Allowing MPs to vote on UK military action would be “crazy”, Penny Mordaunt has claimed as Theresa May prepares for a House of Commons showdown over her decision to bomb Syria.
Ms Mordaunt, the International Development Secretary, said “outsourcing” military decisions to Parliament would be “quite wrong” as she argued briefing every MP on the relevant intelligence necessary to make an informed decision would not be feasible.
She also said that sharing classified information, like a list of targets earmarked for airstrikes, could “undermine” operations and limit their success.
Ms Mordaunt’s comments came ahead of what is likely to be a bruising afternoon in the Commons for the Prime Minister with Mrs May due to argue that joining airstrikes against the Assad regime was in Britain's national interest and had strong international support.
The Prime Minister is expected to face fierce criticism when she delivers her statement with many MPs furious that the Government did not consult them before going ahead with the attack.
Mrs May will seek to assuage concerns about Parliament’s involvement by seeking an emergency debate to give MPs the chance to have their say.
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However, it is unclear whether MPs will be given a binding vote on the decision to launch military action.
Mrs May will insist that joining the United States and France in co-ordinated strikes in response to a chemical weapons attack in Douma was the right thing to do in order to "alleviate further humanitarian suffering".
The Prime Minister’s decision to launch airstrikes against President Bashar al-Assad’s regime has prompted calls for the introduction of new laws to make it harder to mobilise the Armed Forces without the permission of MPs with Jeremy Corbyn, the Labour leader, demanding the introduction of a War Powers Act.
But Ms Mordaunt cautioned against such a move as she told BBC Radio 4’s Today programme that the recent convention of MPs voting on military action, like the Iraq War, was “very wrong”.
She said: “We are expecting the Prime Minister to make a statement today and she is putting in an application for an emergency debate.
Syria airstrikes: Before and after images
“But what I would say to those that are calling for Parliament to be able to decide these things and not the Government is that we, and I very much understand the shadow of Chilcot that forms the backdrop to this, but to take a decision on whether something is legally justified and whether what we are actually intending on doing in terms of targets is appropriate, you would need to know information that could not be shared with every MP.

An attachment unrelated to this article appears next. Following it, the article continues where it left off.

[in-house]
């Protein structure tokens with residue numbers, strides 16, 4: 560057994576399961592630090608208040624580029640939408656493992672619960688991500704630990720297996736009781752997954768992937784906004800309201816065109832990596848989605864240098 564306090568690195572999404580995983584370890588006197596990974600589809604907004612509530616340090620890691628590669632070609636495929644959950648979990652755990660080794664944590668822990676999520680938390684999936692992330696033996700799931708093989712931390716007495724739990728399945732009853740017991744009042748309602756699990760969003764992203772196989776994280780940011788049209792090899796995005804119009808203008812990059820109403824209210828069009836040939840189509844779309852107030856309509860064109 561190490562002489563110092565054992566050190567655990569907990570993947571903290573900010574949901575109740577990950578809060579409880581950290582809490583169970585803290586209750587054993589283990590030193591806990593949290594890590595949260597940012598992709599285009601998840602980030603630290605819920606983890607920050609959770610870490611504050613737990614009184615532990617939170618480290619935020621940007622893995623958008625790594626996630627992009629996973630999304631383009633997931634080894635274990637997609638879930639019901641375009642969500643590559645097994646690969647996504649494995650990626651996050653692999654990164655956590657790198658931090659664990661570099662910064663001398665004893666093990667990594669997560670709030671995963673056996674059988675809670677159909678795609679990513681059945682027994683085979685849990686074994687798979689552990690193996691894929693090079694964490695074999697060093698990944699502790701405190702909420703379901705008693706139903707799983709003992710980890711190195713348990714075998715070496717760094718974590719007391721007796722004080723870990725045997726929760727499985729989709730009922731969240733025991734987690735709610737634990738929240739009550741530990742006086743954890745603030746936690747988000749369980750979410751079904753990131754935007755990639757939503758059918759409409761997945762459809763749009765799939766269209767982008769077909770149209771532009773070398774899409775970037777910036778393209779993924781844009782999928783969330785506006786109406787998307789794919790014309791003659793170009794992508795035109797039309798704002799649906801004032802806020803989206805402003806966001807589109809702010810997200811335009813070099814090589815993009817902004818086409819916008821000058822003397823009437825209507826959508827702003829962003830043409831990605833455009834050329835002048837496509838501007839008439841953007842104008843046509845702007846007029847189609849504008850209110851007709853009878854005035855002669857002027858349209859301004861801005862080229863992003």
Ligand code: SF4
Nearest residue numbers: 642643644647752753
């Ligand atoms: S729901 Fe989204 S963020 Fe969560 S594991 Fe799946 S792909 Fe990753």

“Outsourcing that decision to people who do not have the full picture is, I think, quite wrong.
“The convention that was established, I think is very wrong. I support governments being able to take those decisions.
“Parliament should hold governments to account for that decision and of course MPs, they have always been able to raise their views with the prime minister and other members of the government.
“What they want is a debate and they want to hold the PM to account.”
Ms Mordaunt said that “you cannot ask Parliament to make decisions without the information necessary to make those decisions”.
Her comments are likely to further inflame tensions with opposition MPs who believe Parliament should be consulted ahead of the use of force.
The International Development Secretary said: “Yes, you can discuss and debate things in Parliament. Members of Parliament can make their views known. But it has always been the case that government has had the right to take this action.
“It has never been the case that it has been necessary to go to Parliament to get that and just the concept, a group of people who would not have the intelligence, you can’t for example share targets with members of Parliament.
“It would be a crazy thing to do and would undermine our ability to actually execute the operation successfully.”
Syria airstrikes - April 13
Ms Mordaunt’s comments came as Shami Chakrabarti, the shadow attorney general, questioned the Government’s legal case for taking military action.
She said: “How can they say there was no practical alternative to this particular bombardment when for example Mr Macron was on the phone to Mr Putin just a few hours before the bombardment?”
Four Royal Air Force Tornado GR4s joined the co-ordinated missile strikes at 2am, launching Storm Shadow missiles at a base 15 miles west of Homs.